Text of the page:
So he called Hallam and O’Neil and said he had a jet going to Springfield for the ceremonies and since they were going, why didn’t they come with him. Just some guys smoking cigars and talking old times. Guys like Hallam and O’Neil don’t do the things they did because it was Michael Jordan. They do them now and did them before Jordan arrived. It’s not only because it was their job. It’s because they’re pros.

Jordan remembered and appreciated and wanted to say thanks.

Now that’s cool.

There were several other awards presented Thursday, including to Bob Lanier and Alonzo Mourning with the Mannie Jackson Human Spirit Award and Peter Vecsey the print Gowdy award.

But Collins’ comments were the highlight.

Collins talked about persevering through the knee injury that prematurely ended his career and three coaching firings, though Collins also singled out Reinsdorf for his support over the years.

Charles Barkley, who was sitting with Collins, wagered Collins couldn’t finish without crying, and Barkley likely won, apparently among the few wagers he wins if we can believe his gambling stories.

Collins broke down in talking about son Chris, who won the Olympic gold medal in 2008 as part of the coaching staff, the medal that Collins was robbed of in the 1972 Olympics in the refereeing controversy. Collins also introduced his daughter, Kelly, and referenced the Temptations song, “My Girl,” and then brought up two other songs, “The Wind Beneath my Wings” by Bette Midler and “You’re he Best thing to Ever Happen to Me,” by Gladys Knight and the Pips to describe his wife of 37 years, Kathy.

Can’t wait to get a look at Doug’s iPod.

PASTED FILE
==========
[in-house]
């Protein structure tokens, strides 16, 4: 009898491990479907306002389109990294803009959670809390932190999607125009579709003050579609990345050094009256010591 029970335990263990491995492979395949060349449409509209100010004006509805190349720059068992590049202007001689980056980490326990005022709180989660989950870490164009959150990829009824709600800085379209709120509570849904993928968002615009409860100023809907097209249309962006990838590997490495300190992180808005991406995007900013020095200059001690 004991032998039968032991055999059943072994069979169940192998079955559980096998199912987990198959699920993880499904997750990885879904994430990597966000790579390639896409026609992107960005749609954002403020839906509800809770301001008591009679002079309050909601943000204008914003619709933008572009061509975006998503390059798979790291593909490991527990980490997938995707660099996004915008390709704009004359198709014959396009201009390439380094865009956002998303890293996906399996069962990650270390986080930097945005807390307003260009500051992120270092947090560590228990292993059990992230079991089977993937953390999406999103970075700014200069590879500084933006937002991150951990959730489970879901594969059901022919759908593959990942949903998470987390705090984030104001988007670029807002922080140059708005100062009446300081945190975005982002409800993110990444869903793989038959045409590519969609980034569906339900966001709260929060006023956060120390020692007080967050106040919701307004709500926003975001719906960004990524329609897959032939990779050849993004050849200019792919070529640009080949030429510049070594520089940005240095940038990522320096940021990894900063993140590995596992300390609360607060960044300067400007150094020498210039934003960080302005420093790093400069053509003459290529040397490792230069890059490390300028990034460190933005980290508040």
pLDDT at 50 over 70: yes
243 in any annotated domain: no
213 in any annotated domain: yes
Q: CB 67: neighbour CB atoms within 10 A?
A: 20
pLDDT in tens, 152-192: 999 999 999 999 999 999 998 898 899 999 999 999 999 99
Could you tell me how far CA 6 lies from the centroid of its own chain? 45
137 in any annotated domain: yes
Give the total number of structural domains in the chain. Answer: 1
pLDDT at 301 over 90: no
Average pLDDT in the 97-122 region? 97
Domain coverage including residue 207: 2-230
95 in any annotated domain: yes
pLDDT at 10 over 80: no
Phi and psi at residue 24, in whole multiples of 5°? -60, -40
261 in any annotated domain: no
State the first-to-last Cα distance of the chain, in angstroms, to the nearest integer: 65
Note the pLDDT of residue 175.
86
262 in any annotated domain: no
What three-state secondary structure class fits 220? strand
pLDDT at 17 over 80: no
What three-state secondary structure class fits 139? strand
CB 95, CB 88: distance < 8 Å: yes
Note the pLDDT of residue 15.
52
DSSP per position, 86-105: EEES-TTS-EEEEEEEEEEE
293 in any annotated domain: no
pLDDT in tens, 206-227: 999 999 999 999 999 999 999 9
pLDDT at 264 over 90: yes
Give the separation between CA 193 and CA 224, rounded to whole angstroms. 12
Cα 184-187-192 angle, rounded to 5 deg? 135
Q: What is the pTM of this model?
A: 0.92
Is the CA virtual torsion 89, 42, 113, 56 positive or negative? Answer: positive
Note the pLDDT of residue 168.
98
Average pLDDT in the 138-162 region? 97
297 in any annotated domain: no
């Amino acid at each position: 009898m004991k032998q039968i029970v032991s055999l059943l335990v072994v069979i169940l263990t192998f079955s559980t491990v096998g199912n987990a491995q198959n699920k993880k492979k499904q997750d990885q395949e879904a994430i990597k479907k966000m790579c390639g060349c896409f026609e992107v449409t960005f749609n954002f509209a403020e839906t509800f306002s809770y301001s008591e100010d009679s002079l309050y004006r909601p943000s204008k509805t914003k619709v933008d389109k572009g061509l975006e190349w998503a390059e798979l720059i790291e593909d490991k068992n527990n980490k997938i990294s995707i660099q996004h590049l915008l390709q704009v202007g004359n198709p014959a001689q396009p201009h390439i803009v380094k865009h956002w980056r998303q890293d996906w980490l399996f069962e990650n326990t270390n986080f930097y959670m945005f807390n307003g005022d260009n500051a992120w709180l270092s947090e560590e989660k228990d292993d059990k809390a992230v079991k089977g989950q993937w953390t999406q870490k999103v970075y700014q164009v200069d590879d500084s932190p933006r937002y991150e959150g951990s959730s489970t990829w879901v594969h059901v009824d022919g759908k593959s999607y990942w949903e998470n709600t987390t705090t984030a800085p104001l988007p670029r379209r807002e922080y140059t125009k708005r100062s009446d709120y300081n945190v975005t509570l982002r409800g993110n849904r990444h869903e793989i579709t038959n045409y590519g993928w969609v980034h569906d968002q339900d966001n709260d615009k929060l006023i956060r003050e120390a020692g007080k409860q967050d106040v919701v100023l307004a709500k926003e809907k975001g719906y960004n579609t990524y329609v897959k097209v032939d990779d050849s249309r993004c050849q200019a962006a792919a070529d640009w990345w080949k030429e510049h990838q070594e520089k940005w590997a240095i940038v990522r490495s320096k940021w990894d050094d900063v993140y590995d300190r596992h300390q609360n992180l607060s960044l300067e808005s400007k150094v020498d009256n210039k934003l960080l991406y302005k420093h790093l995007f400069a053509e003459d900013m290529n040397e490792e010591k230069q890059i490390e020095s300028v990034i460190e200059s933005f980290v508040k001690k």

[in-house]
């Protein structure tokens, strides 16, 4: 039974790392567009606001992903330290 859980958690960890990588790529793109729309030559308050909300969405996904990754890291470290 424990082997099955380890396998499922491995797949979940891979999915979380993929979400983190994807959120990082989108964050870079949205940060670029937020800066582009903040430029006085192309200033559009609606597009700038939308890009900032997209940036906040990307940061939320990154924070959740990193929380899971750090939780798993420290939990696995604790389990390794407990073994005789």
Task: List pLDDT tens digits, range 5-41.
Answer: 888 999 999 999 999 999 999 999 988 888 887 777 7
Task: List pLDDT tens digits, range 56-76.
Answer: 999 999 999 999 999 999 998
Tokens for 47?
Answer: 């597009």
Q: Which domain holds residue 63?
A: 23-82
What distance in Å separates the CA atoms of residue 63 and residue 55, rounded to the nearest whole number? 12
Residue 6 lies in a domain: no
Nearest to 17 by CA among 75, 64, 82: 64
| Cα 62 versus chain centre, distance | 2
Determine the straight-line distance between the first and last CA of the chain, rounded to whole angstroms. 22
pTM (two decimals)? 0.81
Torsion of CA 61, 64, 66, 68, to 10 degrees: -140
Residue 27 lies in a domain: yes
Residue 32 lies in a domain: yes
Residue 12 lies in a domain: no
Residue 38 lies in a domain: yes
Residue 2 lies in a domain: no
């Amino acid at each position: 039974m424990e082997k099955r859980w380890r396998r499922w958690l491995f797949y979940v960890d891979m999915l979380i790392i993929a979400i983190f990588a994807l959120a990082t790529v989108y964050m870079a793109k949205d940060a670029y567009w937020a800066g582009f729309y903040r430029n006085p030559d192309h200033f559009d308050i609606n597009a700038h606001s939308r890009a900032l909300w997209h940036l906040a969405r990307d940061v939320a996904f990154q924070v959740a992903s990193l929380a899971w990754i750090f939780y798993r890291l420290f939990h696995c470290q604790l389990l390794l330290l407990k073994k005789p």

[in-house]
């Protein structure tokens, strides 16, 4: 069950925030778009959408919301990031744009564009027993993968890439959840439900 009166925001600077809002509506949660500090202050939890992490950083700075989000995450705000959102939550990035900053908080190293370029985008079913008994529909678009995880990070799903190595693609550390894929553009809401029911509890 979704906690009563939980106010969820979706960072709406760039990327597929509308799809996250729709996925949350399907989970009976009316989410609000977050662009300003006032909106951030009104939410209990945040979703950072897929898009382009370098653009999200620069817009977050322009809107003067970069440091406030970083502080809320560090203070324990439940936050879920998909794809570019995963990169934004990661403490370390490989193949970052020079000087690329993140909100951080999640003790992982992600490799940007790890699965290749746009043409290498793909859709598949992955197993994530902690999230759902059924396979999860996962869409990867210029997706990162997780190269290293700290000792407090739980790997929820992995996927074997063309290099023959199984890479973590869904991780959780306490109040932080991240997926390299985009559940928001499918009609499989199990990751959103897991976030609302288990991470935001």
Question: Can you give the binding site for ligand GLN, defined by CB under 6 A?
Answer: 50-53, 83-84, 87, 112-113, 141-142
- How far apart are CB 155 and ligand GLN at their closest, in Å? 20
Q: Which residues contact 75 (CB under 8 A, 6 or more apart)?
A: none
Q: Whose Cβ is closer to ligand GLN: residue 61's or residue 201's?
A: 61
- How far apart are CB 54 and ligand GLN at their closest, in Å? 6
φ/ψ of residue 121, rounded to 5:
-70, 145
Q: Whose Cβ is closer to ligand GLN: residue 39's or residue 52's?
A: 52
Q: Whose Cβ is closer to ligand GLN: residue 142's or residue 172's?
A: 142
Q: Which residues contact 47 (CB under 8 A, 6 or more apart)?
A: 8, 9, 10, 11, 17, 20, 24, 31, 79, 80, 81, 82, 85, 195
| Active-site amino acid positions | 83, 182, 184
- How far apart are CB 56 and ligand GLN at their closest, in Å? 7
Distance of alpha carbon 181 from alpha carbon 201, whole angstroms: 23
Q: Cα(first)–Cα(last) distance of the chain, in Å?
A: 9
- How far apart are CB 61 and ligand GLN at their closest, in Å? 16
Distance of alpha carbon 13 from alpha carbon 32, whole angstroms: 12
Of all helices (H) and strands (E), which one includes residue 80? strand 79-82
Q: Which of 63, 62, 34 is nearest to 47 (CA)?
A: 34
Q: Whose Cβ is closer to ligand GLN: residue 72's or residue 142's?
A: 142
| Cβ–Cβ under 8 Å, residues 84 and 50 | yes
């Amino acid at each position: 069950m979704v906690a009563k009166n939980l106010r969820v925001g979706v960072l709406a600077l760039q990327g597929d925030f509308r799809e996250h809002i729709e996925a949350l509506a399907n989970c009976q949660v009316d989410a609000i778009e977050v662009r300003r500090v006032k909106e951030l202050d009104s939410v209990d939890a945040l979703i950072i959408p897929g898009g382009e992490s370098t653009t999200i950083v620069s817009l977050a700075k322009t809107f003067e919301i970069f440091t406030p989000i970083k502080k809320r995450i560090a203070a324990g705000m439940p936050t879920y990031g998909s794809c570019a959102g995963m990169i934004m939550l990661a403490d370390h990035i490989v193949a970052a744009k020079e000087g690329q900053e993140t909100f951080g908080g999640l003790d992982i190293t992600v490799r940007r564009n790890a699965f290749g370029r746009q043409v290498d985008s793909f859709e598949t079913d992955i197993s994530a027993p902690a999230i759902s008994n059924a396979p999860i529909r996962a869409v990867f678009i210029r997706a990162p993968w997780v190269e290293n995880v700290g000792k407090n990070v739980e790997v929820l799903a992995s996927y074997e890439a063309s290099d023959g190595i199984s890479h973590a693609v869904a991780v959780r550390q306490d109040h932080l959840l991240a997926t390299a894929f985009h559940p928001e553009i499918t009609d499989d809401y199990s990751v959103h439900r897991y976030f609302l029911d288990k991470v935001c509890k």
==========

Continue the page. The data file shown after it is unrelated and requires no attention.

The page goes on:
Though the best stories were before the event at the Turner Sports reception for Collins with Barkley talking about the 1992 Dream Team.

I had asked Barkley if he’s staying with the big Jordan group at the Mohegan Sun complex, which the Hall of Fame is using for some events this weekend.

Nah, Barkley said. He can’t keep up with Jordan. On the court or off. So Barkley proceeds to tell about this time during the Dream Team games in the 1992 Olympics when he was out late one night with Jordan.

“The guy is amazing,” Barkley says, shaking his head (I’m omitting the questionable modifiers because this is not cable TV). “We go out at night and do something and he takes this power nap for like an hour and he’s ready to play golf in the morning. We play 18 and then everyone wants to leave to get a nap. We’re, like, ‘It’s a game that night.’ But he stays and plays another 18.

“Then we’re playing Puerto Rico or someone (it was Puerto Rico in the quarter finals) and there was something in the paper their point guard said about Michael,” Barkley goes on. “So Michael says to Chuck (Daly), ‘I got the point guard.’ And Chuck says, ‘Uh, OK.’ So Michael goes out and he won’t let this guy get the ball. He’s all over him, knocking the ball away and the guy can’t even get to the ball. It was like that with him. He’s guarding this guy all over the court and he doesn’t want to come out of the game and he’s dunking and pushing everyone to play harder. I’ve never seen anything like that with anyone. The guy is unbelievable.”

On Friday, Jordan, the most amazing of basketball talents, gets his reward from the Basketball Hall of Fame. They have the old Naismith peach bucket hanging there on display at the beautiful center court area of the Hall. I thought I may have seen an image of the Jumpman on it.